We trust you know that we here at Hearts & Minds are bookish. Some of you subscribe, even, to this BookNotes blog because you know we won’t assail you with advertisements for cheesy gifts and a thousand new “praise” albums. Folks that walk in our shop–despite the fact that we do carry a goodly share of gift items and music and random weird stuff—comment on how many books we have packed in to this space. Just today I pondered a note I got from an author, thanking us for caring about and selling books in “these hard times.” Indeed. And, also just today, I spent some time treasuring the brand new collection of poems by Wendell Berry, a handsome, slim volume called Leavings (Counterpoint; $23), a collection described as “elegies, lyrics and letters and the occasional love poem.” And some of his famed Sabbath poems. We love books as they carry words, which carry ideas, often with great charm or beauty and power.
Yet, we do get fired up about non-book items, sometimes, and I have been twitching to tell you about a few great, great, great new DVDs. They are designed for small group use, but I’d suggest them even if you’ve got no one to watch with. They are that good.
First, I could hardly be more impressed by a new six-week series on the “Good Samaritan” passage, expertly produced by World Vision and published by Zondervan. It is called Start: Becoming a Good Samaritan and is hosted by John Ortberg, who is a very good communicator. His “thoughts from the bench” set the overview for each week, as he meditates for a few minutes in precise prose, even as he casually sits on an outside park bench. (His little piece on why we ought to read the prophets, on week 3, is worth the price itself, and could be shown in many settings!) Other great speakers, authors and activists show up here, each articulate, balanced, thoughtful, and very compelling. Speakers such as Eugene Peterson, Philip Yancey, Gary Haugen, Joni Eareckson Tada, Desmond Tutu, Jim Wallis, Shane Claiborne. Rob Bell does a “nooma-esque” thing with a batch of chairs in each one, and that, too, is very, very compelling. Brenda Salter-McNeil gives one of the best, brief invitations to work on racial and ethnic diversity I’ve seen; Shane Claiborne is in there, AIDS activists show up, speakers as diverse as Chuck Colson (who is very good on prison reform) and Matthew Sleeth (one aspect of being a good Samaritan in this day and age, they insist, is “Tending to God’s Creation.”) My, my, these are wise and challenging voices for living out compassionate faith among our often hurting, global neighbors.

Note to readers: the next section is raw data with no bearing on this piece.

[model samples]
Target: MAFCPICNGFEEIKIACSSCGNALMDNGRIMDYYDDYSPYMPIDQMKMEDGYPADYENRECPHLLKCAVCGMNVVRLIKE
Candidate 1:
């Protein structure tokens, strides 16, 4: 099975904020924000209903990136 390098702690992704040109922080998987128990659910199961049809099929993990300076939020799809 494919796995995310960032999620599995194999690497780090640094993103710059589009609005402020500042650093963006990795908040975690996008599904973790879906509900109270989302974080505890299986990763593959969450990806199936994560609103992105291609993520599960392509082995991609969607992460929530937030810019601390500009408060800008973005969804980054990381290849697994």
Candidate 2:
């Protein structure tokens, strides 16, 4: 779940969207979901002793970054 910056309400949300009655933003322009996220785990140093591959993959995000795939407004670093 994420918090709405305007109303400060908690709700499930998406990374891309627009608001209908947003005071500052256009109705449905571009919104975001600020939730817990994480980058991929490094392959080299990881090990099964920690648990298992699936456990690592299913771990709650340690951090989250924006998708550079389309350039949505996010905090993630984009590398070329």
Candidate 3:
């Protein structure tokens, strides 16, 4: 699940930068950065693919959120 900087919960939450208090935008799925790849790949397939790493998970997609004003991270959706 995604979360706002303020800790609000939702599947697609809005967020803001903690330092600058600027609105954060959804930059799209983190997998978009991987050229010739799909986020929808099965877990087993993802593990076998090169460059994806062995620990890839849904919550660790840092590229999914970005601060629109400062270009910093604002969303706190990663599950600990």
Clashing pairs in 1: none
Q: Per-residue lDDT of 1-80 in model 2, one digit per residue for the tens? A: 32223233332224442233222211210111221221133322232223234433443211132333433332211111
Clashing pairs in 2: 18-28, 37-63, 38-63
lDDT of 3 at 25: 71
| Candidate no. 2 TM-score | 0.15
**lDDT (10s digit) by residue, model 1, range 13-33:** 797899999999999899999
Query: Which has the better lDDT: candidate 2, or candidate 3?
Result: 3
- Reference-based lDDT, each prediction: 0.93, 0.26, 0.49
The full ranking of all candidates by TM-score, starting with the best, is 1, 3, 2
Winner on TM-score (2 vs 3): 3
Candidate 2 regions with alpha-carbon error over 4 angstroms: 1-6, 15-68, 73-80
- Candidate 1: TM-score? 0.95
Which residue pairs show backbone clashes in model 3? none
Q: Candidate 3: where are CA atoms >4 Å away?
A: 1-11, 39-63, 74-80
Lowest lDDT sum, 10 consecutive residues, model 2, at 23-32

I like the way this DVD keeps moving—the days of old “talking heads” or 45 minute sermons being shown are long gone. There are well-paced interviews, live footage, a bit of music. Yet, this isn’t like The Trouble With Paris or Everything Must Change (both which I’ve shown in various settings, and regularly rave about, for solid content and cool production) which are hip, edgy, and so fast-paced that they might annoy some traditional viewers. Start is well shot, crafted with a very rich, contemporary cinematography, without the dizzying stylings of some of the more recent postmodern curriculum. It really is artfully done—it is strikingly beautiful in some places!—and I couldn’t recommend it more. There is a study guide you can buy to go with it. For more info, please visit www.juststart.org. We could be thrilled to sell this to you or your church and I am sure it will be fruitfully used and greatly appreciated. Kudos to Zondervan for releasing this timely and excellent program. May it be widely used. DVD $24.95 participants book $9.95.